Gathering the creator and cast of “The Americans” together with real-life former CIA agents just ahead of the series finale of the spy drama on FX gave a chance to dissect the realism of the show’s practices. And naturally, it didn’t take long for creator and co-showrunner Joe Weisberg, a former CIA officer himself, to address the biggest question on many’s minds — the show’s use of wigs for its characters’ disguises.
Star Keri Russell shared that she always “loved” the wigs because “it’s so much easier to become a different person when you look so wildly different.” Former CIA officer Martha Peterson pointed out that she felt they were “the best-looking disguises” she’d ever seen. But former chief of the CIA’s counterintelligence center Mark Kelton added that “they were too well put on” for the real-world field work.
“When you’re actually working…you’re putting them on yourselves most of the time. You’re always worrying about the damn thing falling off,” Kelton said.
And similarly, he noted that those wearing such disguises would normally want to stay at a distance from those they are talking to because “frankly, you’d appear like you were in disguise.”
“If somebody’s sitting across the table from you, that’s not sustainable, I don’t think,” he said.
“Six years I’ve said that and nobody listened to me. Vindication!” “The Americans” star Matthew Rhys exclaimed.
Sponsored by the UCLA Burkle Center for International Relations and the Central Intelligence Agency and held on UCLA’s campus in Los Angeles, the panel, titled Reel vs Real CIA, featured Weisberg and his stars Rhys, Russell, and Costa Ronin, alongside the real-life former agents.
Kelton noted that like many things in life, for those in the CIA, “he who adapts fastest wins” and stressed the importance of not having a problem with lying and adapting into different personas and roles for the work.
“It’s not a job, it’s a calling, and it’s not suitable for everybody,” he said. “We don’t lie to each other, but lying for a higher cause…ethics and espionage is a big issue. How somebody deals with it is something the CIA takes very seriously.”
As Ronin pointed out, actors have to adapt into different personas for their various roles, but the added level with “The Americans” was that actors often had to portray a character playing a character themselves.
“As we take on the character, we step into different parts of ourselves, but with spies, every single part of the day you have to step into somebody else and yet remember who you are and come back home and you cannot share with anybody,” he said.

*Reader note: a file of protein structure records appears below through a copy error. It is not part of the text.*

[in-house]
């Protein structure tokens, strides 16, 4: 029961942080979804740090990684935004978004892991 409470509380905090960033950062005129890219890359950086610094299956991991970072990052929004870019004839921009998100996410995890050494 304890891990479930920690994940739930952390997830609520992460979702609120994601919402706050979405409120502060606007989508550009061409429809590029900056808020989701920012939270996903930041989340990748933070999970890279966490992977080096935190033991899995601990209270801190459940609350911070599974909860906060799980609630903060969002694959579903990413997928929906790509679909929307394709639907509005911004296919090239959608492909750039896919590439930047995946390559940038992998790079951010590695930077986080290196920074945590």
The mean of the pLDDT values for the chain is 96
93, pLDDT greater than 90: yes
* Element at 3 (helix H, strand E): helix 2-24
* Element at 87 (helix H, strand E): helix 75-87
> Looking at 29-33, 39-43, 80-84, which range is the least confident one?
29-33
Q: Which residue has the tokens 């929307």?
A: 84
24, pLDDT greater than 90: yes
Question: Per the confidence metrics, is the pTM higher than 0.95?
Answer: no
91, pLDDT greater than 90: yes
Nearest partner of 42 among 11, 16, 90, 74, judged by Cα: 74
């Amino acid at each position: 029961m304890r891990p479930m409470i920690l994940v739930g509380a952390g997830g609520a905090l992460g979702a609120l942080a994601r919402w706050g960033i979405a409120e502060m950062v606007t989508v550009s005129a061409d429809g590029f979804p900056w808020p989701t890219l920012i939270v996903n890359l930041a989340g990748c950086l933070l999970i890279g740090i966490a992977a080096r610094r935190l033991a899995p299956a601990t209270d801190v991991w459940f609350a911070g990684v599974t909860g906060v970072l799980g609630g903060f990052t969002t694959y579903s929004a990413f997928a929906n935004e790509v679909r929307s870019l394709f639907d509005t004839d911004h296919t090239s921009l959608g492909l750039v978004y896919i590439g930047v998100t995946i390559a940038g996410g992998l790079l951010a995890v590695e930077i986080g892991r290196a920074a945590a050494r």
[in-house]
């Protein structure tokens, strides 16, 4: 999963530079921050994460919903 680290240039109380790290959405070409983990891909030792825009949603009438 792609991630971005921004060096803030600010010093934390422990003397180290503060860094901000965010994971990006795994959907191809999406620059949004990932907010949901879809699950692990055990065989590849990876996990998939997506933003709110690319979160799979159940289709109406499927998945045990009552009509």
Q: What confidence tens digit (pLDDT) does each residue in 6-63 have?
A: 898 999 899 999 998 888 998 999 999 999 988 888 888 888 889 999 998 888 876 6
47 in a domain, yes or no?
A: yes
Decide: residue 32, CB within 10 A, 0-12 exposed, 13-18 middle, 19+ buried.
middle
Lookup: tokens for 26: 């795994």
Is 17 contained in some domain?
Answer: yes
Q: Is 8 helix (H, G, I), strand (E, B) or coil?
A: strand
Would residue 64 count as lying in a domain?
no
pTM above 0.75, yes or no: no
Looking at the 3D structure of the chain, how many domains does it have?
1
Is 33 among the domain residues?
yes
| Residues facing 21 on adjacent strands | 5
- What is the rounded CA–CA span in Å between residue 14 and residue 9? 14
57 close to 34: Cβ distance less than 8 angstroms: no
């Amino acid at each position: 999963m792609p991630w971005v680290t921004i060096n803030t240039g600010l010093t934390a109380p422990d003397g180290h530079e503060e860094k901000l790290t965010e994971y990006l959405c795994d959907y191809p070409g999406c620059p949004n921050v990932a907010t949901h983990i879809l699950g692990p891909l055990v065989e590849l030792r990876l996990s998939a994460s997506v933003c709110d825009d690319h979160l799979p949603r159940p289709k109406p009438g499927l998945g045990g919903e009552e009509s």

Peterson shared that she always thought of this process as compartmentalizing as “right brain, left brain.” “One side was my secret place and one side was my real place,” she said. But unlike Kelton, she admitted she did have moments in her career where it was tough to lie about her story.
Peterson lost her husband when she was in her late-20s, and when she returned to the United States, she had to lie about how and why her husband died, and why they were even overseas in the first place.
“There was an emotion inside of me that was screaming,” she admitted. “I’m 27 and I just lost someone and he died for a purpose and a cause — but I could not do that. I had to downplay…and even deny that that was part of my life.”
The strain on family life is something both Kelton and Peterson thought “The Americans” depicted “quite well” — as was the level of emotion characters expressed in affecting the life around them in general. Both noted that telling children what parents in the CIA really do for a living often comes from necessity, but Russell added that intuition comes into play, too.
“They feel it, they smell it, you tell them in other ways,” Russell said of the children.
Even the idea of “Romeo spies” — men who married secretaries to gain access to intelligence — was pulled from real life, as Weisberg noted that “you can’t write stories as good as [what happens in] real life.” Kelton noted that what was key was for the agents not to fall in love — not just physically, but also not to get to the point where they can’t see flaws in the other person or they wouldn’t be able to carry out their true, full duties.
Where Kelton and Peterson admitted the show took liberties, though, was in how little time was spent on agents documenting their activities, while the Jennings were able to complete far more operations than would normally be possible in a short amount of time.
“We would never be able to sustain that pace,” Kelton said. “Operations require hundreds of hours of preparation [and feature] a lot of what ifs.”
While Rhys pointed out that “guilt, for drama, is an incredible vehicle,” Kelton added that even in the real CIA, emotions often drive actions, especially because you often don’t know the end result of the operation because it takes such a long time to play out.
“Professionalism takes over but just underneath, that is fear,” he admitted, “and fear can drive you in a positive way. You want to do everything you’ve been trained to do just right.”